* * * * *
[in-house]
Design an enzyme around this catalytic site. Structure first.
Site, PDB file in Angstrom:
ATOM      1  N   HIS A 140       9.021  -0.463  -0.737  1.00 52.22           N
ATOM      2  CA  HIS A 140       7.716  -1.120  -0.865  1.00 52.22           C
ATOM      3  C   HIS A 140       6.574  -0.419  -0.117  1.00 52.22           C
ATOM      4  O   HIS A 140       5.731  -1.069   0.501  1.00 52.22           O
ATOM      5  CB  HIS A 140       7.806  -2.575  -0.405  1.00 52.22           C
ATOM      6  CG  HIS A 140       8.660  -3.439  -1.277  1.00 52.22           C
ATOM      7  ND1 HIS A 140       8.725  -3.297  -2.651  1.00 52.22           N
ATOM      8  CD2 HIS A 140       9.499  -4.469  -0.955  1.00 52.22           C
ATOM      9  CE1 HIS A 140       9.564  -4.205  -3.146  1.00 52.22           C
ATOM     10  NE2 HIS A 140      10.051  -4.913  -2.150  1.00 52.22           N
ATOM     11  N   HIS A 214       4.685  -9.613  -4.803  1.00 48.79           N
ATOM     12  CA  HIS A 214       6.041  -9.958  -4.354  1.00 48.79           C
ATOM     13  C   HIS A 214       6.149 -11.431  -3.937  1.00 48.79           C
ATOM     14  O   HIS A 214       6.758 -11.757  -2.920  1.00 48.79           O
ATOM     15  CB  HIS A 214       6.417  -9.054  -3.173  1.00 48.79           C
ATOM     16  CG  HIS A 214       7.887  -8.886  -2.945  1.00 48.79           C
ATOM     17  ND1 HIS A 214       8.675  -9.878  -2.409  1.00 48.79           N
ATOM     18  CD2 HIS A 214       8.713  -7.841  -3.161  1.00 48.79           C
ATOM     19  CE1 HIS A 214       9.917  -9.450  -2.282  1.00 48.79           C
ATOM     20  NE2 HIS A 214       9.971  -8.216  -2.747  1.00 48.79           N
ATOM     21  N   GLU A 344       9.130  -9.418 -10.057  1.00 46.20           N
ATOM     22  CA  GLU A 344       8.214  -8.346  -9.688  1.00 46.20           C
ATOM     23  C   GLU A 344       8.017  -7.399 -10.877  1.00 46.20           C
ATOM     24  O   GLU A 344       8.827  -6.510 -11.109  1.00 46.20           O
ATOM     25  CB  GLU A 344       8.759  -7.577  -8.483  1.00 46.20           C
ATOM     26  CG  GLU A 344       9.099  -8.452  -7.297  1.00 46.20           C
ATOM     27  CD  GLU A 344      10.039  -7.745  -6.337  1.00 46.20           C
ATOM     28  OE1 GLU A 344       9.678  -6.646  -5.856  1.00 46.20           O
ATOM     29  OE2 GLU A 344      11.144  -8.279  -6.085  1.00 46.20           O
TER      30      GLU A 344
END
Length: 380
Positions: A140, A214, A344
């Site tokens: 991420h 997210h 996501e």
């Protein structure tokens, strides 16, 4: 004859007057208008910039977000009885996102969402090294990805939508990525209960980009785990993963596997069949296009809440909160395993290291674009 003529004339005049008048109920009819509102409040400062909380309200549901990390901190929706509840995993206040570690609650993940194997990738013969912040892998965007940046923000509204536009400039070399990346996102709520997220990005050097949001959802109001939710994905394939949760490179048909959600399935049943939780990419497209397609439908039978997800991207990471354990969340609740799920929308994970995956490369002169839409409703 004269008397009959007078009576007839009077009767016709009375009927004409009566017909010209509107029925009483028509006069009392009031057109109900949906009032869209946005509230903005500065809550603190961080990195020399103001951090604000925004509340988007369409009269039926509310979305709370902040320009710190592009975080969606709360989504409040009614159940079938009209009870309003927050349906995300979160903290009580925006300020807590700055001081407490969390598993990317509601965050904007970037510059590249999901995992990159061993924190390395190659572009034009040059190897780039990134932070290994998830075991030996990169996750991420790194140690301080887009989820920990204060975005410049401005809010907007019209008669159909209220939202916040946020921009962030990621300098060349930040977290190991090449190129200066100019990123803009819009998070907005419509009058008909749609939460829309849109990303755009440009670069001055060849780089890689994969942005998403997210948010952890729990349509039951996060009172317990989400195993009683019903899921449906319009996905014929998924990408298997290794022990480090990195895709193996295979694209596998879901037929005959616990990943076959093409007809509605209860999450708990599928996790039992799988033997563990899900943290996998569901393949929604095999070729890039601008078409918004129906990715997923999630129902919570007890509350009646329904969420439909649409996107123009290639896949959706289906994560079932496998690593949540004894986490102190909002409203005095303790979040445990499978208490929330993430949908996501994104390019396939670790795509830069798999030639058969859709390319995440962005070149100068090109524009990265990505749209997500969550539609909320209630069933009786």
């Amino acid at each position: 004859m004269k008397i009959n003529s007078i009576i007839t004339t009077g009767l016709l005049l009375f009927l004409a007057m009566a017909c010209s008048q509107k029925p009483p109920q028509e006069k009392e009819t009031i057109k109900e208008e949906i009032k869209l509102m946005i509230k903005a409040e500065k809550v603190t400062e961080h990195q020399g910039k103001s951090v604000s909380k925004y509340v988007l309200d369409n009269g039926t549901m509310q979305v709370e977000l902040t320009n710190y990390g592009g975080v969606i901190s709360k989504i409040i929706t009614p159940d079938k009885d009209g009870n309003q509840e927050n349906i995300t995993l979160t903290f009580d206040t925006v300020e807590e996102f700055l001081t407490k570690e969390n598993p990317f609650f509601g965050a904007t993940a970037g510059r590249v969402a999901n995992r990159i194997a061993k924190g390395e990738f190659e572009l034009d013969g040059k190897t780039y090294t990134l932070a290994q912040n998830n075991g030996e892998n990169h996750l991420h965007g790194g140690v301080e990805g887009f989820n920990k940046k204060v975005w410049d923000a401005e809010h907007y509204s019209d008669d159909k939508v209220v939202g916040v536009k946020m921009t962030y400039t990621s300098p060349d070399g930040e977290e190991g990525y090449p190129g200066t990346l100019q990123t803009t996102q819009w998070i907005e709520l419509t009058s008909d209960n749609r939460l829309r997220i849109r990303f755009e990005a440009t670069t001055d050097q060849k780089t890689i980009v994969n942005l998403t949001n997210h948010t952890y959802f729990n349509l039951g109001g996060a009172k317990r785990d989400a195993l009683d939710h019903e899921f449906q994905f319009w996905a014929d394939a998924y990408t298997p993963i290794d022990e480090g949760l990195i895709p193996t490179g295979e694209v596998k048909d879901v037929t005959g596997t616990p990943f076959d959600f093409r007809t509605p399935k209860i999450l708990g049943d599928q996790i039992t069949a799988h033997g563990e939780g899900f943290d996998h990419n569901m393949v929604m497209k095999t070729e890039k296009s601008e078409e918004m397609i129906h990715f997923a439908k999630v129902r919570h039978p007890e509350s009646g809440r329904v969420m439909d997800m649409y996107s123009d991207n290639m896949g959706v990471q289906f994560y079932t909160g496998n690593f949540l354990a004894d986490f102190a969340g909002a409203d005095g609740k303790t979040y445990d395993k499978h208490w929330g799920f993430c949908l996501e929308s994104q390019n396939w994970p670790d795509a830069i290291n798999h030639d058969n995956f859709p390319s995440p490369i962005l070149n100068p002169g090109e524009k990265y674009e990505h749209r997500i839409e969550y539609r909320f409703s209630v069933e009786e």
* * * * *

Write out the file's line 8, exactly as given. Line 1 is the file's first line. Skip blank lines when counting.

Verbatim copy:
ATOM      5  CB  HIS A 140       7.806  -2.575  -0.405  1.00 52.22           C